Posts Tagged With: Thai language

Time to Get Tatted in Thailand

Those of you who know me have probably heard the story behind the dolphin tattoo on my ankle. Or at least you know that I have a tattoo of a dolphin on my ankle. Or maybe you don’t. Either way, I do indeed have a tattoo of a dolphin on my right ankle that I got while in the Cook Islands. I won’t go into the details of that tattoo here, but suffice it to say that the patterns inside it all hold special meaning for my seven months abroad, both in New Zealand and Rarotonga. Ever since then, it’s been a matter not of “if”, but “when” I would get another one.

I’m happy to announce that day has come….!


My brand new tattoo!

Now before I hear shouts of “you got a tattoo in THAILAND? Aren’t you going to get diseases and DIE?!” let me reassure you that the artist who did the work was extremely professional and hygienic. This is not the type of activity where I would pull up to any old stall on the side of the road and ask for them to stick me with inked needles for half an hour. Noooo sir. I went to a guy named Tawan recommended by my friend Stu who has previously had work done here. His came out looking good and infection free, so I figured I’d take my chances with Tawan.

After meeting my entourage (Stu, Bex and Josh) in the center of town, we headed over to the studio and got down to business. After a stressful ten minutes of frantically flipping through google images of compasses, Tawan drew up a design that I liked. Up until earlier that day, I had planned on only getting the words done. The compass was a bit of a last minute addition and one that I’m very glad I thought of in time.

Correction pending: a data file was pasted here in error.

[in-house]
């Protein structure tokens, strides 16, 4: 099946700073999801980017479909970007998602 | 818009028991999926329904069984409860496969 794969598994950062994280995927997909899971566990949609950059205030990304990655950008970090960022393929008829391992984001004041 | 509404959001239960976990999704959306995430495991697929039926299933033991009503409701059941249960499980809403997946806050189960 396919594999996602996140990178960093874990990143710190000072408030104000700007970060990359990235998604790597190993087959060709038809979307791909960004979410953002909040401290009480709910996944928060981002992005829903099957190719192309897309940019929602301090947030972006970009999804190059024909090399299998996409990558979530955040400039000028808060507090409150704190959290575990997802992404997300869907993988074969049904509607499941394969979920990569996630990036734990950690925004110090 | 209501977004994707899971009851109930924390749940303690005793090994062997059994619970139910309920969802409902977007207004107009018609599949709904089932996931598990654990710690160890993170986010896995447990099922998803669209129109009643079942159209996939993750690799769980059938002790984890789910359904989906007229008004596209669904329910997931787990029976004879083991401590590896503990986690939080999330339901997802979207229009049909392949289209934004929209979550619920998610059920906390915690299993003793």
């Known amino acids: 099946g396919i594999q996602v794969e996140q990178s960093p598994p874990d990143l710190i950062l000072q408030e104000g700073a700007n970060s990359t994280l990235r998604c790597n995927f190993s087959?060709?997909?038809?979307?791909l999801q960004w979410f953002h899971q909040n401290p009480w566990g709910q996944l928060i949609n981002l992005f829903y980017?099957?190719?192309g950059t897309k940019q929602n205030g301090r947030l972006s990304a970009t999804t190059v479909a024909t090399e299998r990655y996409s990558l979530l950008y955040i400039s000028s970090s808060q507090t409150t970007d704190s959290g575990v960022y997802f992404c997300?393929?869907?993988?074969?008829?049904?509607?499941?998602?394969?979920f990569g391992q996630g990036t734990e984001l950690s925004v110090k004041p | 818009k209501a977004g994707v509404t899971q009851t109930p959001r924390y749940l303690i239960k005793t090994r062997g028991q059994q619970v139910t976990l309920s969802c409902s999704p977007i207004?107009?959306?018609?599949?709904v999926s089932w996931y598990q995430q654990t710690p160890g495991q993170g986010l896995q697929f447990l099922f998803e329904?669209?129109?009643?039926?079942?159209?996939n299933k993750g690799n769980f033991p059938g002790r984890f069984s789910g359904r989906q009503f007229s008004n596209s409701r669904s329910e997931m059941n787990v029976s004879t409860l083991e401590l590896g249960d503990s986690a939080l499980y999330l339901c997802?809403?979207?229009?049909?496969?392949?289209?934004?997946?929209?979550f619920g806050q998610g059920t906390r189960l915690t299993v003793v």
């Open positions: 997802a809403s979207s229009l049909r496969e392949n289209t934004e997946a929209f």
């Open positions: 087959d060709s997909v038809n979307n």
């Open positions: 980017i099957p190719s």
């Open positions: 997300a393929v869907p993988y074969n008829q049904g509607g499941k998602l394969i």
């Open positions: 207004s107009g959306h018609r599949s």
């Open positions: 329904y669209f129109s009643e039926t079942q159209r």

After I approved the compass design, he started on the script of the phrase I wanted: “bye tinai?” which is Thai for “where are you going?” With both of the pieces sketched out, it was time to transfer them onto blue drafting ink paper (for lack of a more precise term) which would later be transfered to my wrist. Once the blue ink was stamped on my arm, the fun began!


Tawan turning a blue stamped compass into a permanent black ink compass

Now I’ve only had two tattoos done, and the other one was about three years ago, but I’m pretty sure this one hurt more. I was bracing for the pain and while it did feel like 10,000 yellow jackets stinging my wrist, it wasn’t as bad as I expected. At first. It’s amazing how much sensitivity can vary within a very small space. Luckily, the tattoo isn’t too big, so I only had to endure the slicing and stinging sensations for about a half hour. Even better, I had a friend to tell me stories and keep me distracted throughout the whole process (thanks, Katherine!)

Thirty minutes later, I was done!


Great success! We won’t talk about how sweaty I was…

With my arm all wrapped up and basic instructions on how to avoid screwing it up/getting it infected, I gave my artist a kop kun mak ka (thank you very much) and headed off for some pizza! (This is only the second time I’ve had pizza since leaving the states in January, so this was a big deal.) All in all, a successful night! The whole ordeal including planning, waiting for him to sketch and then finalize the design, transferring the design and inking it on me took a little over two hours. And it only cost me 1500 baht, or about $45. Not a bad deal, IMO.

I’m very happy with how the design came out and what it symbolizes to me. Like Dolph, I enjoy the layers of meaning within it. I’ve wanted something on my left wrist for awhile, and I’ve been thinking about this particular quote for about a month, so I’m quite happy to have it done!

With two weeks to go, that’s one more thing checked off my Thailand trip bucket list. Next up? 1-day Thai cooking school (only slightly less tame!)



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Polish? You’re Polish? Oh… PO-LICE. Like, Police.